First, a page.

“The way [defenses] are able to disguise some things ... it’s tough [to pick up],” Patriots receiver Matthew Slater explained to Yahoo Sports. “It takes a lot of film study, a lot of communication with your quarterback [and] with the players around you [to get it]. This offense is very complex.”
Harry, to his credit, seems to understand that the consequences for a missed sight adjustment in the NFL is an interception or incompletion.
“I didn’t have to do it a whole lot at Arizona State, but [knowing your sight adjustments] — that’s the expectation [here] for the whole team,” Harry told Yahoo Sports. “That’s something I want to be able to do. And I want to earn not just coach’s trust, but my teammates’ trust as well.”
Harry has impressed the veterans
So to get up to speed quicker, Harry has also been aggressive about approaching multiple veterans with questions, both during practice and after.
“The thing I appreciate about him, as well as the other rookies, is just their attitude so far,” Slater said. “That says a lot as a first-round pick. You come in, you’re able to humble yourself and work, and that will go a long way with your teammates.”
It’s also notable, considering some rookies tend to be shy about asking for help in a league where veterans are often wary of losing their jobs to younger, cheaper players.
“I know he wants to win, you know what I mean?” Hoyer said. “He’s coming with questions like ‘Hey, how can I do this? What should I do on this play?’ He’s been everything a rookie should be.”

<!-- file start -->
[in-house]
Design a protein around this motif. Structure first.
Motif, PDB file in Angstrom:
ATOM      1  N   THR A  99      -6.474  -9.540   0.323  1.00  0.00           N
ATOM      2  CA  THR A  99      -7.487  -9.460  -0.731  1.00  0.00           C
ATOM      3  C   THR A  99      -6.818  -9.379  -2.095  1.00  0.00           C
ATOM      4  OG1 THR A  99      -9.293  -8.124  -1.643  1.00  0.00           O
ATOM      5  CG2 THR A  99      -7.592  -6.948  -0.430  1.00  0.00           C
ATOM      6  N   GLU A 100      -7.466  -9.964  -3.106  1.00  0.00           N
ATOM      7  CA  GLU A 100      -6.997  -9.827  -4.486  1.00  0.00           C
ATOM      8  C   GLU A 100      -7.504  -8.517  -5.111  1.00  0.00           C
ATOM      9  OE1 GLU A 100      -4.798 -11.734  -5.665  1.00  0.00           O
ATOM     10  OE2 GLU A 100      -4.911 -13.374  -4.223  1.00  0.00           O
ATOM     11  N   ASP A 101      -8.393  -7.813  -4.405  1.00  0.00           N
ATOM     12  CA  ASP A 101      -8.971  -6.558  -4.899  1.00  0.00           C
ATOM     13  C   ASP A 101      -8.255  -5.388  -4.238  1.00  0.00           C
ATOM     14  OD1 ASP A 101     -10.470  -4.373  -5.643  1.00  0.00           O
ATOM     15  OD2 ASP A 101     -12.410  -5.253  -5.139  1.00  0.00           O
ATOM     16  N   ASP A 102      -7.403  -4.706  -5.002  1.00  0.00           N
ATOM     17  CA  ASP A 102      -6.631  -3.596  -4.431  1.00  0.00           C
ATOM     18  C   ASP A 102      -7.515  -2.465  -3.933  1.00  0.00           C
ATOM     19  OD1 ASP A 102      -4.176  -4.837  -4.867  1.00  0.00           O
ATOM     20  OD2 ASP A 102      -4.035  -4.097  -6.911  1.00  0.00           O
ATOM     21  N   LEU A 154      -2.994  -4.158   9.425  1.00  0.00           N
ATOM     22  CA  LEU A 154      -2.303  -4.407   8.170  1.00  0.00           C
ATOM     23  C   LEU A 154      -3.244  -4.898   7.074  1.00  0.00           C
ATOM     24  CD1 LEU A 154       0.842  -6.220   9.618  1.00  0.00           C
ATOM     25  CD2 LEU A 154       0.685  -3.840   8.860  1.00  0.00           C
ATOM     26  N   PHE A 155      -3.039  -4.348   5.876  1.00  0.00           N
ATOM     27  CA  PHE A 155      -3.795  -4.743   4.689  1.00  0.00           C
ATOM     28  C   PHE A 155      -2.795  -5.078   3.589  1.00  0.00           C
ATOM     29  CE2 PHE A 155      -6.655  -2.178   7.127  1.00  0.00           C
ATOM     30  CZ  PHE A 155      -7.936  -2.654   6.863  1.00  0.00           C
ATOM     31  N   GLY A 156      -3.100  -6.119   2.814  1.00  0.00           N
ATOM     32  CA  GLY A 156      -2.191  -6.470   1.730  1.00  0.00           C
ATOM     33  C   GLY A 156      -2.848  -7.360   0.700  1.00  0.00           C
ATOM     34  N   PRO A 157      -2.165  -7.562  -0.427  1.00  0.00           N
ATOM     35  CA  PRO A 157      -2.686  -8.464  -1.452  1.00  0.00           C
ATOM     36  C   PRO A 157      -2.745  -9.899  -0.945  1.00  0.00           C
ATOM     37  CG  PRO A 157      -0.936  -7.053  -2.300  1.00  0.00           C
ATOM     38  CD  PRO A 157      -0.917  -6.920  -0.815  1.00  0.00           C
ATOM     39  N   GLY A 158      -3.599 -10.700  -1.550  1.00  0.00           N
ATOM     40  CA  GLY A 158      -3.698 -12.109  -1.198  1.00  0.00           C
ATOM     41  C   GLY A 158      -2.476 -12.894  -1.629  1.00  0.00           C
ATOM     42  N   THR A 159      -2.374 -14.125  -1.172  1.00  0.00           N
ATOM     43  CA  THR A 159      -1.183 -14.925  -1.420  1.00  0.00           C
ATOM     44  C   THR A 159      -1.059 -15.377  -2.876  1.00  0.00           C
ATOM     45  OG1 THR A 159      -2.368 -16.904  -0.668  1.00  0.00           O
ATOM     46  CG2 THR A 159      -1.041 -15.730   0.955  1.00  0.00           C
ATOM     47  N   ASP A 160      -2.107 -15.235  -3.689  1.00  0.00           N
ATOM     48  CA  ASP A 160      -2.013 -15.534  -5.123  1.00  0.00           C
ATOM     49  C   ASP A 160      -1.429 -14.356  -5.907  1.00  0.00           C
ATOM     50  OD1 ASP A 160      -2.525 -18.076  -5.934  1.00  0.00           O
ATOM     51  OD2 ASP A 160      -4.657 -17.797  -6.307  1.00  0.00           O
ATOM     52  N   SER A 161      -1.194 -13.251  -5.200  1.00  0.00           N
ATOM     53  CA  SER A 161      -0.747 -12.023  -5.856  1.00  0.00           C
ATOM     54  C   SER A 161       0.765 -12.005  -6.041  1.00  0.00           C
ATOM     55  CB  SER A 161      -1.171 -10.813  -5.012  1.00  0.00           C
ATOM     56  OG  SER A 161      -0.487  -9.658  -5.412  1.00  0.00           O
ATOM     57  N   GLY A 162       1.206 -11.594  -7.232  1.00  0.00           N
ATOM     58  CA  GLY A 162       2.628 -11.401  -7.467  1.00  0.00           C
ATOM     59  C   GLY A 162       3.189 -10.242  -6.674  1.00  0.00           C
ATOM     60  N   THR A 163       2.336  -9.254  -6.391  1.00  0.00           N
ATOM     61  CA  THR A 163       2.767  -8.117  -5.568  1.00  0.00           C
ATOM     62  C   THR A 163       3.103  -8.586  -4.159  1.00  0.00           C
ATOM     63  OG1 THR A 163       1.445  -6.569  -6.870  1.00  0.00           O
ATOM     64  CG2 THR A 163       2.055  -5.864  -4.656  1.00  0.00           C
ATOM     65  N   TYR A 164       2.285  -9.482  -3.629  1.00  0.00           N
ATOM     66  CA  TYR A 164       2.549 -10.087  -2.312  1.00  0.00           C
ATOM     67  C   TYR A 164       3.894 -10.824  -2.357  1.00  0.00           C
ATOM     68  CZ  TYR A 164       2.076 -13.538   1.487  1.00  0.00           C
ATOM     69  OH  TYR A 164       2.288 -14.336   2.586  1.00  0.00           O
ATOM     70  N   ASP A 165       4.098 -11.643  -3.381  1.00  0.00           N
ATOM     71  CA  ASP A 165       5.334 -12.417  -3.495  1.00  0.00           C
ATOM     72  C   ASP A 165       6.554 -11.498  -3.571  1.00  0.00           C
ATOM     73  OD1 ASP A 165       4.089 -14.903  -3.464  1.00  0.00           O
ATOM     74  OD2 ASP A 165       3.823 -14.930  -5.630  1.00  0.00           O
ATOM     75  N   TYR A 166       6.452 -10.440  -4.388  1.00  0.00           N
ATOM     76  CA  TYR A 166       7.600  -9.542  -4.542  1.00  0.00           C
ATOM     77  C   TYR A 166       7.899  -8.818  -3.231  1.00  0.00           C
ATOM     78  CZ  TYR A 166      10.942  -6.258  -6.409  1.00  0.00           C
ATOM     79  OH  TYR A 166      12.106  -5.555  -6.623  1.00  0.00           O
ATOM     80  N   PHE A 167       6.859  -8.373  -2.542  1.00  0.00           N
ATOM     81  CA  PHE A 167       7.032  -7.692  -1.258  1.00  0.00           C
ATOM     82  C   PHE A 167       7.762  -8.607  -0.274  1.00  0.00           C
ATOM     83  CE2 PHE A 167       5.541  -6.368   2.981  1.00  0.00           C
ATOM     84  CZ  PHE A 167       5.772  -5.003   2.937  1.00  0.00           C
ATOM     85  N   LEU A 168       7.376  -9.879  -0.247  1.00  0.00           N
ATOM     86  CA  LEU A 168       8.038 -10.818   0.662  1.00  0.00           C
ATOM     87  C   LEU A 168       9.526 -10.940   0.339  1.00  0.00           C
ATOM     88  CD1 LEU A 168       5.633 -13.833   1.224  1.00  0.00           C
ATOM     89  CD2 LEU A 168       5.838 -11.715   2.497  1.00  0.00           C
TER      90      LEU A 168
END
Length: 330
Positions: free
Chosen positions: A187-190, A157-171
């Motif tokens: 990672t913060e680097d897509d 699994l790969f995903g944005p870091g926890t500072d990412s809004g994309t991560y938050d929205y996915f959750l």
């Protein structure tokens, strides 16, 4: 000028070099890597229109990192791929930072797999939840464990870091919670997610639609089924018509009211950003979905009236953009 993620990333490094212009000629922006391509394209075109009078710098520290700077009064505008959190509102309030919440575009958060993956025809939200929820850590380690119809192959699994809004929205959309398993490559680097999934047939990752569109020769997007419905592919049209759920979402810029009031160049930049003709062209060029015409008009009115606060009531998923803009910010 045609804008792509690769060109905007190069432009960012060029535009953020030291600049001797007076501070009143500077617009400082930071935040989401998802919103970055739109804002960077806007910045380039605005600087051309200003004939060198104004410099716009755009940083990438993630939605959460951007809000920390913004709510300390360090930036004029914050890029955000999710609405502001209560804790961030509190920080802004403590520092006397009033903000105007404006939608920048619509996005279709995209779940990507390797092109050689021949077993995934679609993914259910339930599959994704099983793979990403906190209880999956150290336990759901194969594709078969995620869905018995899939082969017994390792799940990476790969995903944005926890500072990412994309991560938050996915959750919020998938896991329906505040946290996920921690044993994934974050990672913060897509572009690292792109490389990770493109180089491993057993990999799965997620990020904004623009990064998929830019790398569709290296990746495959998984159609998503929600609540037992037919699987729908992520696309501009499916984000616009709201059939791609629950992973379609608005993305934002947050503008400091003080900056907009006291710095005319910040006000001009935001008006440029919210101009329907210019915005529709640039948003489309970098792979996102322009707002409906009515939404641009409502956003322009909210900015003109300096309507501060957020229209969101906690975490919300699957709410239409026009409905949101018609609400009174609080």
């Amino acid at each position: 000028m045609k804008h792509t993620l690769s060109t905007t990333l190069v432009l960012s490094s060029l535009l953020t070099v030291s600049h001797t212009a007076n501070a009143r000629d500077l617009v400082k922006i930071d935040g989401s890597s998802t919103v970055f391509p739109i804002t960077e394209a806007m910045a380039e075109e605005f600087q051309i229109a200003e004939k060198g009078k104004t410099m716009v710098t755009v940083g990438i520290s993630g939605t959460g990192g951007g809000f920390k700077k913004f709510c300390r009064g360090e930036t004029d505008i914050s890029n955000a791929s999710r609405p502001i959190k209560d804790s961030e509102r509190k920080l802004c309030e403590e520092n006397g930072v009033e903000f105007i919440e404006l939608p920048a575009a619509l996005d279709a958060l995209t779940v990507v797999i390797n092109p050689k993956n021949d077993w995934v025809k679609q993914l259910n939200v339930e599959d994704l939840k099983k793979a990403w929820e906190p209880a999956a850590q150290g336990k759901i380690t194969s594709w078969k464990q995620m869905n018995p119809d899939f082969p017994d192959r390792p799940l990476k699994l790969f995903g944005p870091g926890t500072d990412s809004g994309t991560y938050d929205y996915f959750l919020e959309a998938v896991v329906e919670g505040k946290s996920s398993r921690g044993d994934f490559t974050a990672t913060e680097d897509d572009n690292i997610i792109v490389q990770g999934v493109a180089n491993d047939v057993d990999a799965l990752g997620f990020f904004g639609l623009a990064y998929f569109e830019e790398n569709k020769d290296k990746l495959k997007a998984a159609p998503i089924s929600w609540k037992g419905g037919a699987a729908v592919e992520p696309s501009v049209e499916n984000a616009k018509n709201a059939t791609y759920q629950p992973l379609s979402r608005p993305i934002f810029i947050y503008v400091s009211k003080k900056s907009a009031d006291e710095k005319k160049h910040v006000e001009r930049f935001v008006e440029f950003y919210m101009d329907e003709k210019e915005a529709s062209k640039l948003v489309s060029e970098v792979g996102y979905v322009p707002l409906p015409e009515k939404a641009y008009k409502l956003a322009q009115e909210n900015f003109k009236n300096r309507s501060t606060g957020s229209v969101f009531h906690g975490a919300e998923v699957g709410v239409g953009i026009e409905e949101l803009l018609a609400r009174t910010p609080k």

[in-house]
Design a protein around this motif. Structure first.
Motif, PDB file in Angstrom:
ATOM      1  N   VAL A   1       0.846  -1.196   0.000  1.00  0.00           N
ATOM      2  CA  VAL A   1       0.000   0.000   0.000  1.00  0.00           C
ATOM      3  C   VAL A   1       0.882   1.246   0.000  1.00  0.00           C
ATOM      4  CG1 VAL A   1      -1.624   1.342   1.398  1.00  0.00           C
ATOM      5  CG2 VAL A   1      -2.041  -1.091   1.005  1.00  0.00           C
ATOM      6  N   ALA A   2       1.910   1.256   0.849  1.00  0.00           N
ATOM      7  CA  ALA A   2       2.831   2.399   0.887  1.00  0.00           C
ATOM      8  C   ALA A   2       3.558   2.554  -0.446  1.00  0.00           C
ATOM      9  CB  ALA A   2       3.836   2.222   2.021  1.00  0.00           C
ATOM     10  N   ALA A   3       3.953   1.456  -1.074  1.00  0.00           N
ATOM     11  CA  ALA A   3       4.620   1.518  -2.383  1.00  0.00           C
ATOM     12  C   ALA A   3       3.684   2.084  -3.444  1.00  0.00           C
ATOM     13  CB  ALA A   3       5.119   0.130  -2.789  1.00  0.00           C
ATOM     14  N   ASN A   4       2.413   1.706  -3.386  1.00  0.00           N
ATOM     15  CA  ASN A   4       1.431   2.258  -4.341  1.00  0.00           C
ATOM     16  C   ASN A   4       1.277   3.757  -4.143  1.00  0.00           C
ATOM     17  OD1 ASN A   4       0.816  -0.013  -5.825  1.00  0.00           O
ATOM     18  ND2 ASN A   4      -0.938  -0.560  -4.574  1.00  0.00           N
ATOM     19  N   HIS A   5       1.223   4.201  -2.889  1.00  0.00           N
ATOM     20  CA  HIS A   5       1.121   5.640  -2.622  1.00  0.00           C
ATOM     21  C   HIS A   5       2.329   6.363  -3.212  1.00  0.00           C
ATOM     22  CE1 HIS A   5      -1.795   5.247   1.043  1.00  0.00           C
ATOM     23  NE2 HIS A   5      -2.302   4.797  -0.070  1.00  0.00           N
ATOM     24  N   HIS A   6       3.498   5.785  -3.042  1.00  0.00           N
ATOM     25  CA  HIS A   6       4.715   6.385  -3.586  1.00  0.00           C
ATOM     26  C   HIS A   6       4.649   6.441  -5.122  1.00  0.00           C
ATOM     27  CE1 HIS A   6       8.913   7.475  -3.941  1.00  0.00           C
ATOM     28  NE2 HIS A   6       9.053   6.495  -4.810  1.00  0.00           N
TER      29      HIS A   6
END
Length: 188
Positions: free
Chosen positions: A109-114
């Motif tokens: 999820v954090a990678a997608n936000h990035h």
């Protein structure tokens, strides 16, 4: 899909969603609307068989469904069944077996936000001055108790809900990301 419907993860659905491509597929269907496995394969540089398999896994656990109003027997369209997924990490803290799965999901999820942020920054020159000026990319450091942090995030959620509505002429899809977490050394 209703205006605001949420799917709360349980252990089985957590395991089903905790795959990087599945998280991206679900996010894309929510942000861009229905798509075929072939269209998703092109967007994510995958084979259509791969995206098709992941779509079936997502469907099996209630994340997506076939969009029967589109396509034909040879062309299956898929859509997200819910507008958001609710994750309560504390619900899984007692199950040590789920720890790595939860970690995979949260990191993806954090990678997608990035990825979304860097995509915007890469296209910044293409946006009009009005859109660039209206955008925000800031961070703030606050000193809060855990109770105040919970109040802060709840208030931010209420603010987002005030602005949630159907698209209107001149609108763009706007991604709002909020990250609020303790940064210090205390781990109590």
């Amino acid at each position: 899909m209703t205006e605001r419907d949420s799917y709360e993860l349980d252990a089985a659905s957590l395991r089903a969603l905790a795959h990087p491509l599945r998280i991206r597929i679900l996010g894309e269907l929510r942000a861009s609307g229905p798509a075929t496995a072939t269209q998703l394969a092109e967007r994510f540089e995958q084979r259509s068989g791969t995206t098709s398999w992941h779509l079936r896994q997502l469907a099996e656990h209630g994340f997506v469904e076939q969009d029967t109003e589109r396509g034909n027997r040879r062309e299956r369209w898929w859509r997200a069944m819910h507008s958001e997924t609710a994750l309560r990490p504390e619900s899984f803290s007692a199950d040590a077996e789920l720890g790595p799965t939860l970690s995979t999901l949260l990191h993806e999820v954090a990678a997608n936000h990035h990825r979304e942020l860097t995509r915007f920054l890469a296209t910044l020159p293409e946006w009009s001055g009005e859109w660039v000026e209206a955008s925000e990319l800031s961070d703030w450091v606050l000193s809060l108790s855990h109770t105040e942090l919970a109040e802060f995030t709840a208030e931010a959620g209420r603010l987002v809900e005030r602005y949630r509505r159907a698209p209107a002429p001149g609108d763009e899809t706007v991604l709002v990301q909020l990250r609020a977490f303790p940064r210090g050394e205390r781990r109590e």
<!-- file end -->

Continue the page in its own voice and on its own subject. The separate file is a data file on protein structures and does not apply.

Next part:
Harry credits his inquisitiveness, in part, to the results-oriented culture Belichick has created, where veterans are encouraged to help rookies in the name of getting the job done. But he also insists he simply just wants to be great.
“There’s no point in sitting in the meeting room, being confused, not knowing what to do and not asking the question,” Harry said. “I don’t want to come out here and then mess it up because one, I’m gonna be mad at myself, and two, everybody else is going to be mad at me because I’m expected to come out here and know everything.”
Especially once Brady — who is skipping OTAs for the second straight year — arrives for the start of the Patriots’ three-day mandatory minicamp on June 4.
And while Harry has not spoken with Brady in person yet (his only communication with him has been through social media), he is determined to keep working to get better in the meantime, one contested catch — and correct sight adjustment — at a time.
“Knowing my assignment, knowing what I’m supposed to do — that’s the best way to get a quarterback to trust [you],” Harry said.